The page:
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  • A recent study suggests that mixing mineral and chemical sunscreens may limit the protection against UVA.
  • Additionally, it found that sunscreen mixed with zinc oxide may be rendered less effective.
  • The study suggests that chemical reactions between zinc oxide in mineral sunscreens, and some of the chemicals in chemical sunscreens, may mean sunscreens become ineffective in 2 hours.

One thing we can all agree on is that sunscreen is always a good idea.

The American Academy of Dermatology says that wearing sunscreen to all exposed skin that offers broad-spectrum protection, water resistance, and SPF 30 or higher is one of the easiest ways to protect your skin from the sun. Sunscreen is an everyday essential. Unprotected sun exposure can cause damage in less than 20 minutes.

But a recent study published in Photochemical & Photobiological Sciences on October 14 suggests that mixing mineral and chemical sunscreens may limit the protection against UVA, and that sunscreen mixed with zinc oxide maybe rendered less effective.

What does this mean for protecting your skin? We reached out to experts to find out.

There are two types of sunscreens out there: chemical and mineral. They’re both effective at protecting your skin, but with some key differences.

Chemical sunscreens use chemical formulas to protect the skin. SPF is the most commonly used chemical and includes ingredients like oxybenzone, avobenzone, octinoxate, and octisalate.

Mineral sunscreens physically block out UV radiation with specific ingredients, like titanium dioxide or zinc oxide. You may see these sunscreens also called “physical sunscreen,” as their ingredients physically block the sun.

Each has its own set of benefits and negatives, but many people mix the two in order to achieve maximum protection. But this is where the study suggests we may be doing more harm to our skin than good.

The study suggests that chemical reactions between zinc oxide in mineral sunscreens, and some of the chemicals in chemical sunscreens, may mean sunscreens become ineffective after just 2 hours of sun exposure.

“On its own, zinc oxide is an effective and harmless UV blocker,” said Professor Richard Blackburn, PhD, professor of sustainable materials at the University of Leeds School of Design, and leader of one of the portions of the study, in a statement. “Our research raises concerns about how the individual formulation ingredients react with each other during use and this isn’t currently tested by the industry.”

The study found that once exposed to sunlight for 2 hours, the zinc oxide destroys the UVA protection provided by the other ingredients. This becomes harmful because people believe they’re double protected and will stay out in the sun longer, even though they’re actually being harmed by UV rays.

Additionally, the study found that zinc oxide causes degradation of other UV absorbers, and the protection provided by sunscreens was reduced significantly. The UVA protection factor was reduced by 84.3 percent and 91.8 percent in the sunscreen mixed with zinc oxide particles, while the original sunscreen without zinc oxide only showed a 15.8 percent loss in UVA protection after 2 hours of UV sun exposure.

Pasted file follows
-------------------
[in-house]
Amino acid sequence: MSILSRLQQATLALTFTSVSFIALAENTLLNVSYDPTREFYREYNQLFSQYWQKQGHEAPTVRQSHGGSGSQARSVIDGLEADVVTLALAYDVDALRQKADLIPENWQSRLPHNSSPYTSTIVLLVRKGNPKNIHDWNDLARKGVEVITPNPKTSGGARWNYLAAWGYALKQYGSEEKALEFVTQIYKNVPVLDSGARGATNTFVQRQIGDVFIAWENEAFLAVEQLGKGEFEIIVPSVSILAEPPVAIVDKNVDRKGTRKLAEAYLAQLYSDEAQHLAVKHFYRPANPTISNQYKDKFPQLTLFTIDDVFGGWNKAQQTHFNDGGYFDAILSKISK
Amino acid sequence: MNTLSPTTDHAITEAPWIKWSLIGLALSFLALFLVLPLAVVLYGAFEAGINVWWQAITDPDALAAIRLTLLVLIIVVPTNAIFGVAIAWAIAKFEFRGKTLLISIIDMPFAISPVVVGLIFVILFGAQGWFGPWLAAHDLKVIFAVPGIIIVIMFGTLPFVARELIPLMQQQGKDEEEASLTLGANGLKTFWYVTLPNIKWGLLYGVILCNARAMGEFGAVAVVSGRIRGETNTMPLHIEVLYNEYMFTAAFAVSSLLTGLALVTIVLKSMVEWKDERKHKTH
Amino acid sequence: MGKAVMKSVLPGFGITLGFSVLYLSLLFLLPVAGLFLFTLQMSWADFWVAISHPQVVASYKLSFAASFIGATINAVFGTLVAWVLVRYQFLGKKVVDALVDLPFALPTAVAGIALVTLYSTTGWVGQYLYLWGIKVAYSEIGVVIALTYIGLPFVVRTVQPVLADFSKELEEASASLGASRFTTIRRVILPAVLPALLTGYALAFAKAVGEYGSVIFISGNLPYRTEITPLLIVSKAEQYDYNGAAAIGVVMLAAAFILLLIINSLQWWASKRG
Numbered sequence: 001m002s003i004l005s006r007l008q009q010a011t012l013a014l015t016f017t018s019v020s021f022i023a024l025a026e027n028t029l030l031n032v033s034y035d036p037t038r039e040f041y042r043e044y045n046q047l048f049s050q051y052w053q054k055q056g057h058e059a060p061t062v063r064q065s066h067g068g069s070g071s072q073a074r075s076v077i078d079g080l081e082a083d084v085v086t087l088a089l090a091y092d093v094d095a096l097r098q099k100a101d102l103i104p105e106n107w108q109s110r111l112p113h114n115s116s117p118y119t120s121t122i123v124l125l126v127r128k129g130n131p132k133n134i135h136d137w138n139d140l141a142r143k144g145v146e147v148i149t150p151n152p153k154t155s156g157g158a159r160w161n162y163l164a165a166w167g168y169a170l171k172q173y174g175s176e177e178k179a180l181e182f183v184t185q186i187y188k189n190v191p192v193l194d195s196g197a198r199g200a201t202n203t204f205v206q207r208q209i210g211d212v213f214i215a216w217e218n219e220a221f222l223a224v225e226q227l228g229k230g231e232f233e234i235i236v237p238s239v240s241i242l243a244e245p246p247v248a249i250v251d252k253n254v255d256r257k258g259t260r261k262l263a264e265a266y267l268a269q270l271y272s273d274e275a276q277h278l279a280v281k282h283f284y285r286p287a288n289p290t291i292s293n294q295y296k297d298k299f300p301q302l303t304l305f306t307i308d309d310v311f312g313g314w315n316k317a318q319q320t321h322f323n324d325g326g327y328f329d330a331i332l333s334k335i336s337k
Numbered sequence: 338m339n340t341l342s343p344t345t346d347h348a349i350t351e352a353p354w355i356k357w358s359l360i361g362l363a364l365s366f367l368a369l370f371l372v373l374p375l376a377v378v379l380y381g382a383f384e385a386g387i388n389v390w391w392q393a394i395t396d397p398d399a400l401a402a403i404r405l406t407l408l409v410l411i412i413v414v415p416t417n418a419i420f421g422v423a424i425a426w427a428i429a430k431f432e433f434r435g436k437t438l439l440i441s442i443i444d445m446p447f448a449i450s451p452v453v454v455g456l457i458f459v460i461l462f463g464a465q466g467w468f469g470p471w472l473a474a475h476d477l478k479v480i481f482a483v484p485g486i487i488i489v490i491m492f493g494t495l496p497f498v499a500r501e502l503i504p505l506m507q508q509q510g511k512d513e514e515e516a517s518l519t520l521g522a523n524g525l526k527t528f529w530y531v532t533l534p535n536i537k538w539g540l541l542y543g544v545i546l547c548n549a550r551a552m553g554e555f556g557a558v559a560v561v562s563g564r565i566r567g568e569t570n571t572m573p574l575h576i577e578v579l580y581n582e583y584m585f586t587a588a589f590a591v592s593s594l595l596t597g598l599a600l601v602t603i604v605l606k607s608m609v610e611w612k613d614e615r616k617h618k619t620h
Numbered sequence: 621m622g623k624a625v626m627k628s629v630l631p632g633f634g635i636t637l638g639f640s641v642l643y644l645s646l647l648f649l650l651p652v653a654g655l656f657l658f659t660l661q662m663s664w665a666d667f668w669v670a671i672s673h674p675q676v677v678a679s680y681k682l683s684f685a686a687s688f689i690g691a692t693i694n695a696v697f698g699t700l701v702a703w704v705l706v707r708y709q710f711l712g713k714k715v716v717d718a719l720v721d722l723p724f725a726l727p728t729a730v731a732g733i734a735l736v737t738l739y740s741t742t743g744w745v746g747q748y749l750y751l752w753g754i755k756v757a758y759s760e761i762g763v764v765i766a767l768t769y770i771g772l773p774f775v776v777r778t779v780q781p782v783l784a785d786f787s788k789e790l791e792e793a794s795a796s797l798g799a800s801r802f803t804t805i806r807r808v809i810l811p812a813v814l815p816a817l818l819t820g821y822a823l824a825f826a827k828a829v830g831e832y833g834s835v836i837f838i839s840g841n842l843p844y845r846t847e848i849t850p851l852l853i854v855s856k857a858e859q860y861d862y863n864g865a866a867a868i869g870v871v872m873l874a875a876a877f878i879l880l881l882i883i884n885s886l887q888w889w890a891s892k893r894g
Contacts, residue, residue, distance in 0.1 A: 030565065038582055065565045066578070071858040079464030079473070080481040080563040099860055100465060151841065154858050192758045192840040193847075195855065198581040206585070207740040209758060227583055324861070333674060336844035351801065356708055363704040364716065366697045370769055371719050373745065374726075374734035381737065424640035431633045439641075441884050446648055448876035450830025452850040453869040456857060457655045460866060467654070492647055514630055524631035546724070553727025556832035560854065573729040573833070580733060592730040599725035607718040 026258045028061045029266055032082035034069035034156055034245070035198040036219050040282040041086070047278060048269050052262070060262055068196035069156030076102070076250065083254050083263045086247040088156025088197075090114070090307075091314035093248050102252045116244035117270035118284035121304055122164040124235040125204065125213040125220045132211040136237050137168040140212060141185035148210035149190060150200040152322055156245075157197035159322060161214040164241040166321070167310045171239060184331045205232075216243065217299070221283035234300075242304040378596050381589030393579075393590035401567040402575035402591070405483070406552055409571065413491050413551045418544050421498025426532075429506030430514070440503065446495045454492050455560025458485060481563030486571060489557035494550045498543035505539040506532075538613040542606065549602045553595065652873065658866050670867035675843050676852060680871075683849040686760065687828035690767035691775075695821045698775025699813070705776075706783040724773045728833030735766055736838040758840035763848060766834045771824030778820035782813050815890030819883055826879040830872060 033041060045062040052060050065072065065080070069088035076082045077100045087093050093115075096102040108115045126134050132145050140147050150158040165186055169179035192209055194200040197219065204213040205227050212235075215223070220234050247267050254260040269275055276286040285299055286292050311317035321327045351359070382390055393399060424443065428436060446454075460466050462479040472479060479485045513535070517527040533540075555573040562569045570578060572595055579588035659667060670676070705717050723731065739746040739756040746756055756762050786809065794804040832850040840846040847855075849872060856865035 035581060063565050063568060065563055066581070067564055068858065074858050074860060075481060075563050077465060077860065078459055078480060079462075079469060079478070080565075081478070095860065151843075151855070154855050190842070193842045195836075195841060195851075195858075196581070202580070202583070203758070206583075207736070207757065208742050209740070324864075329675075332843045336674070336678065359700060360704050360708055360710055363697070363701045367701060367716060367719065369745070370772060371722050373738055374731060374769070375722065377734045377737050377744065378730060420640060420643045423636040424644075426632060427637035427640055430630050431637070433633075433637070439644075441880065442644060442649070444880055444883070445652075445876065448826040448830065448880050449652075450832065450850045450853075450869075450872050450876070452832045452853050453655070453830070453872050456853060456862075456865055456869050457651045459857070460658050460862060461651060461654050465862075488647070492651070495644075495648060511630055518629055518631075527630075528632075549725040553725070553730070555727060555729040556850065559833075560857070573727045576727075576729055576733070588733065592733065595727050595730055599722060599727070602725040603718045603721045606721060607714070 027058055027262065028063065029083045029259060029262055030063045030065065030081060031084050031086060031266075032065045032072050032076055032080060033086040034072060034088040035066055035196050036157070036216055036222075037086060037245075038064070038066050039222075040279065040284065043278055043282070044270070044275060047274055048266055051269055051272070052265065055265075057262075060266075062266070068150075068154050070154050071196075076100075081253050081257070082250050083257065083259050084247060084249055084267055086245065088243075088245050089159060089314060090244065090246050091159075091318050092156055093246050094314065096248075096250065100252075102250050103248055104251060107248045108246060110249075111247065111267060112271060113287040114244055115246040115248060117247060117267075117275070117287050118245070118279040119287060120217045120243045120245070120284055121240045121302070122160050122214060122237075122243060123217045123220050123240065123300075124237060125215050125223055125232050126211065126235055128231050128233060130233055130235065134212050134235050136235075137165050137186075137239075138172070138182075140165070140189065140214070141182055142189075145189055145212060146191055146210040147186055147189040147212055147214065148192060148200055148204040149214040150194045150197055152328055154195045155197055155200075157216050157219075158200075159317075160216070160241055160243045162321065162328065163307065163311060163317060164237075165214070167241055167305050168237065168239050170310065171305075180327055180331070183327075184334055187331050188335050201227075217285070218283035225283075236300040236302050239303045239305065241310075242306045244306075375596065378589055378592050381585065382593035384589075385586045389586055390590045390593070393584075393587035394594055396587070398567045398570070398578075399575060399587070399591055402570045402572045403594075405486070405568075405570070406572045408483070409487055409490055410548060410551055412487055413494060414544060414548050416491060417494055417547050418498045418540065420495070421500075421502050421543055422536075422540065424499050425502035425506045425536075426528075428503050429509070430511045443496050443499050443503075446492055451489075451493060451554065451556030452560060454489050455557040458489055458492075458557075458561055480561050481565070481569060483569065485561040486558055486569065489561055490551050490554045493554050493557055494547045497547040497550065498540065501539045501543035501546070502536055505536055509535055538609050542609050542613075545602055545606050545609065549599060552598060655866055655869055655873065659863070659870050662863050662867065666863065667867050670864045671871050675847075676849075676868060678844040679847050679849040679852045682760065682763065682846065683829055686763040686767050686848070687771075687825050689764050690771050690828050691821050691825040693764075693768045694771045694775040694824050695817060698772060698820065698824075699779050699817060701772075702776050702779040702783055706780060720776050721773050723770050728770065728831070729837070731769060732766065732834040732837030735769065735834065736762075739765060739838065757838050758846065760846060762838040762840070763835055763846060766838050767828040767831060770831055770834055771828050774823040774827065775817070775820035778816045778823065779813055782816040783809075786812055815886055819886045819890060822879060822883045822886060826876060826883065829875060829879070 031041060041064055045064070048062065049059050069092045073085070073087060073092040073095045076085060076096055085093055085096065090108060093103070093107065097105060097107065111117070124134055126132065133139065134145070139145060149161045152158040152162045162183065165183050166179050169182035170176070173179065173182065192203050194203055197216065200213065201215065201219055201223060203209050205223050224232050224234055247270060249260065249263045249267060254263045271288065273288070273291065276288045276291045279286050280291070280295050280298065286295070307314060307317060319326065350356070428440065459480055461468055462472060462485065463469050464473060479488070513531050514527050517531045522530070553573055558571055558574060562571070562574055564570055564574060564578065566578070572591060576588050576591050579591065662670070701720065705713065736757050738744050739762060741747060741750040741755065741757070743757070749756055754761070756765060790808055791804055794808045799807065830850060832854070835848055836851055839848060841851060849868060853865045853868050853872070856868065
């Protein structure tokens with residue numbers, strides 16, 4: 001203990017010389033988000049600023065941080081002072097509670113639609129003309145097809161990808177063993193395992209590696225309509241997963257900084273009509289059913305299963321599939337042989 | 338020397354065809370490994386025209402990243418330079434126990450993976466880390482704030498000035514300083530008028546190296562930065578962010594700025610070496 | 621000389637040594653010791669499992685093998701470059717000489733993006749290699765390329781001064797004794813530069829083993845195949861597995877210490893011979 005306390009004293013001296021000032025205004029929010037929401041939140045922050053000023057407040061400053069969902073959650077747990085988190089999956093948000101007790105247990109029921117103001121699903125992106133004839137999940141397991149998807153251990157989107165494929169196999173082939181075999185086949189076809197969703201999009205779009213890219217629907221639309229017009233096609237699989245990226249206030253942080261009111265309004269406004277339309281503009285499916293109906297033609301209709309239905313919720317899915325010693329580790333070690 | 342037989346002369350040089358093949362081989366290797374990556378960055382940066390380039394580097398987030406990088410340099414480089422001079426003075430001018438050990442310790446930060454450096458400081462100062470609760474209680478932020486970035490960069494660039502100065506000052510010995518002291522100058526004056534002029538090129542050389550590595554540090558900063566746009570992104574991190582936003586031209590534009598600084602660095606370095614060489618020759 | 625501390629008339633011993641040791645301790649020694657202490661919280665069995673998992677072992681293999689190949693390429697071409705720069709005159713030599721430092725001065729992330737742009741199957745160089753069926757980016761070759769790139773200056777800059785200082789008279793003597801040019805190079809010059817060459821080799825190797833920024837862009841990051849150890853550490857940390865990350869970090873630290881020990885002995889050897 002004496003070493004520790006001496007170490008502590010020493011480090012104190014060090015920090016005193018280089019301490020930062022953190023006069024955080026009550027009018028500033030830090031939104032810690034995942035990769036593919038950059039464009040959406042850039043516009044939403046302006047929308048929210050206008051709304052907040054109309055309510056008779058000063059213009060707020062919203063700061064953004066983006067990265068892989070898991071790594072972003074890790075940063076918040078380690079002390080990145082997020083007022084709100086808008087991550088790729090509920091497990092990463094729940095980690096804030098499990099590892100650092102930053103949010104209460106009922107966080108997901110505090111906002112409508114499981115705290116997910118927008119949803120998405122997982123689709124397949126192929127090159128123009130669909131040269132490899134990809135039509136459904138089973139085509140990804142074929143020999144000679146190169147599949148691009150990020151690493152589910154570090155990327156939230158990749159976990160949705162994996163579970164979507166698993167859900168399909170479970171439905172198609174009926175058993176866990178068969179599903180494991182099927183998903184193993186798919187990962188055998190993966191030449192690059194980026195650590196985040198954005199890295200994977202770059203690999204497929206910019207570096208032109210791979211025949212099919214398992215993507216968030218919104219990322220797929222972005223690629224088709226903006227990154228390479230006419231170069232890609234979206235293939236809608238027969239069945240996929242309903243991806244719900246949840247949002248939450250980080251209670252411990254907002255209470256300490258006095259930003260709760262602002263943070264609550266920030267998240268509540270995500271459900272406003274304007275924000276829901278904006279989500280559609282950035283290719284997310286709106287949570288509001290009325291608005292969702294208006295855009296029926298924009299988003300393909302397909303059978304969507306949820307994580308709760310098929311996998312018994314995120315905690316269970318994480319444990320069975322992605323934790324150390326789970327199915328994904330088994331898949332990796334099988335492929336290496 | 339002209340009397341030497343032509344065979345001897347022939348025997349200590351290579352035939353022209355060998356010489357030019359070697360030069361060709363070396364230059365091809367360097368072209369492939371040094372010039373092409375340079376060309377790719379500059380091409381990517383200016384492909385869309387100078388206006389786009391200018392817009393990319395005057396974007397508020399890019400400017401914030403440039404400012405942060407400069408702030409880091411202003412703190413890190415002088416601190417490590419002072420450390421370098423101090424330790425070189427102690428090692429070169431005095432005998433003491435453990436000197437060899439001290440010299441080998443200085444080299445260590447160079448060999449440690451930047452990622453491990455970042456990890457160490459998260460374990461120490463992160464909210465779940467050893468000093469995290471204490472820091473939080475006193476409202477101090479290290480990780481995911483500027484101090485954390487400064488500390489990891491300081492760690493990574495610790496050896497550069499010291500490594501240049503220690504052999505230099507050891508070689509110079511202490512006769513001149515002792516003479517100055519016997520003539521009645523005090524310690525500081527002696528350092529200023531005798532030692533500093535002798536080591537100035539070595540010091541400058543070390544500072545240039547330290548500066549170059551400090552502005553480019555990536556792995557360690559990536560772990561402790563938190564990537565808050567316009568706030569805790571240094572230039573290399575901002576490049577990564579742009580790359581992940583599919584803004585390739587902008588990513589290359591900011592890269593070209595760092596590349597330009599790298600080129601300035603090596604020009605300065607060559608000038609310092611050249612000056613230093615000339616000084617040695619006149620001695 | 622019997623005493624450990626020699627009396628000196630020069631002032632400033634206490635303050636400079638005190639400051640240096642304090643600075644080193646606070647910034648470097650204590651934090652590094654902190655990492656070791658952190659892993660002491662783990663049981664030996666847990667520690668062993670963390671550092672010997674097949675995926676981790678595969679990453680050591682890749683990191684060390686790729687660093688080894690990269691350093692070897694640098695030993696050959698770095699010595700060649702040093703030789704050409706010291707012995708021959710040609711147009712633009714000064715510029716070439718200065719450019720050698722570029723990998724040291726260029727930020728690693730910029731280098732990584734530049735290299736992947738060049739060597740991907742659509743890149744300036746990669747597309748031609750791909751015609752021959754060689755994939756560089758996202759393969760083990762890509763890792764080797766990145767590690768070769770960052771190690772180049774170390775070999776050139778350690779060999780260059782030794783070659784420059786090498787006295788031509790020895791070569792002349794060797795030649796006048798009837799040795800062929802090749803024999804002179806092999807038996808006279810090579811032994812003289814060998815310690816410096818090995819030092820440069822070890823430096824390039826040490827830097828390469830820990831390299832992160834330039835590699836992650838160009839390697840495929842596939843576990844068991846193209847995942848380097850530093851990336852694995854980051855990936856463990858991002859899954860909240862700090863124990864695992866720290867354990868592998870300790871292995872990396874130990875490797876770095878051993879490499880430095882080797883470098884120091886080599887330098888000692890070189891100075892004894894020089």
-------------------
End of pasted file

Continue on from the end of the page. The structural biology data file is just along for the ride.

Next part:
The authors also exposed zebrafish embryos — a common model organism for research of this kind — to the sunscreen mixtures. Those exposed to sunscreen mixed with zinc oxide showed increased changes to their normal development, including under-developed fins and shorter than normal body length.

While this research is new, some experts think it’s still too early to sound the alarm about mixing sunscreens.

“This one study does not make me believe that the chemicals degrade,” said Dr. Michele Green, a cosmetic dermatologist in New York City. “One thing to remember is that all sunblocks tell you to reapply after 90 minutes. I tell all of my patients to reapply after 90 minutes. This has to be done anyway.”

Dr. Mary Stevenson, assistant professor of dermatology at NYU Langone Health, said the study brought up interesting points.

“There may be some mechanism in which something is breaking something down, but I think we need more information,” Stevenson said. “I think we need to look at this carefully. This information is very novel in being added to the literature, but it brings a bigger list of questions.”

Stevenson added that the first thing scientists and researchers look at is whether or not the results from a study can be replicated. Is this reproducible data, meaning do we have repeatable trials?

The authors of the study note that they’re not able to replicate exact commercial sunscreens as they did not have access to information on additives, fragrances, or precise measurements of ingredients. Therefore, the impact of these ingredients when mixing products is still unknown.

“I would have to see more studies before I think I would change my practice,” said Stevenson. But, she added, “if you want to use one amazing sunscreen, I always support those with zinc or titanium.”

The important takeaway, added Green, is that people should not stop using sunscreen.

“This leaves a lot of questions unanswered, but I don’t want people to panic and not use sunblock,” she said. “You still do need it. If you want a take-home, then trust that pure zinc oxide is a 100 percent UV blocker.”

And always reapply, reapply, reapply.